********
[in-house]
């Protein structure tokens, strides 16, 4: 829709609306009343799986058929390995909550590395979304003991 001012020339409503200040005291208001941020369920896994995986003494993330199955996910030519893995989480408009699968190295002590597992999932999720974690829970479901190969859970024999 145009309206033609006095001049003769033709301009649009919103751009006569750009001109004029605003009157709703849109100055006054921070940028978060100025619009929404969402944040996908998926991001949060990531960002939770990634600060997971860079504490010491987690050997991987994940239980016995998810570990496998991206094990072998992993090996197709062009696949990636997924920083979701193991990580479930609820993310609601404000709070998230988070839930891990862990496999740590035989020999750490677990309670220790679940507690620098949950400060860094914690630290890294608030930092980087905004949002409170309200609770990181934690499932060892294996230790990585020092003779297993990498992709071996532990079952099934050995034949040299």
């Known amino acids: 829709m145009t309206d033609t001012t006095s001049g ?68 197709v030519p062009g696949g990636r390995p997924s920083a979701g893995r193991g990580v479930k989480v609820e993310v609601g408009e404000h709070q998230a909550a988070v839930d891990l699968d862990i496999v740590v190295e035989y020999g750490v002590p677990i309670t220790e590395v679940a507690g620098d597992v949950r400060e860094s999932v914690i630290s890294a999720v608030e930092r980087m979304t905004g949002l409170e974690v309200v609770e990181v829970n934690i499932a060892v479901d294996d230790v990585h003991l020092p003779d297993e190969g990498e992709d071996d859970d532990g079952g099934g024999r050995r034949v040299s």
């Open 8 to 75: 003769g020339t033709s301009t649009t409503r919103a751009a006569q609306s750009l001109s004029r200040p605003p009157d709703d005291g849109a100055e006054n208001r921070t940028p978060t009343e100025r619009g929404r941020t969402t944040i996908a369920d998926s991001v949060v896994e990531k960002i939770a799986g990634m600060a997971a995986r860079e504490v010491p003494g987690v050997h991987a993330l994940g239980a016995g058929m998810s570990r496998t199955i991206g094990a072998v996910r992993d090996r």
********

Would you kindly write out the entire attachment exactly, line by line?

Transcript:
[in-house]
């Protein structure tokens, strides 16, 4: 829709609306009343799986058929390995909550590395979304003991 001012020339409503200040005291208001941020369920896994995986003494993330199955996910030519893995989480408009699968190295002590597992999932999720974690829970479901190969859970024999 145009309206033609006095001049003769033709301009649009919103751009006569750009001109004029605003009157709703849109100055006054921070940028978060100025619009929404969402944040996908998926991001949060990531960002939770990634600060997971860079504490010491987690050997991987994940239980016995998810570990496998991206094990072998992993090996197709062009696949990636997924920083979701193991990580479930609820993310609601404000709070998230988070839930891990862990496999740590035989020999750490677990309670220790679940507690620098949950400060860094914690630290890294608030930092980087905004949002409170309200609770990181934690499932060892294996230790990585020092003779297993990498992709071996532990079952099934050995034949040299």
């Known amino acids: 829709m145009t309206d033609t001012t006095s001049g ?68 197709v030519p062009g696949g990636r390995p997924s920083a979701g893995r193991g990580v479930k989480v609820e993310v609601g408009e404000h709070q998230a909550a988070v839930d891990l699968d862990i496999v740590v190295e035989y020999g750490v002590p677990i309670t220790e590395v679940a507690g620098d597992v949950r400060e860094s999932v914690i630290s890294a999720v608030e930092r980087m979304t905004g949002l409170e974690v309200v609770e990181v829970n934690i499932a060892v479901d294996d230790v990585h003991l020092p003779d297993e190969g990498e992709d071996d859970d532990g079952g099934g024999r050995r034949v040299s």
């Open 8 to 75: 003769g020339t033709s301009t649009t409503r919103a751009a006569q609306s750009l001109s004029r200040p605003p009157d709703d005291g849109a100055e006054n208001r921070t940028p978060t009343e100025r619009g929404r941020t969402t944040i996908a369920d998926s991001v949060v896994e990531k960002i939770a799986g990634m600060a997971a995986r860079e504490v010491p003494g987690v050997h991987a993330l994940g239980a016995g058929m998810s570990r496998t199955i991206g094990a072998v996910r992993d090996r």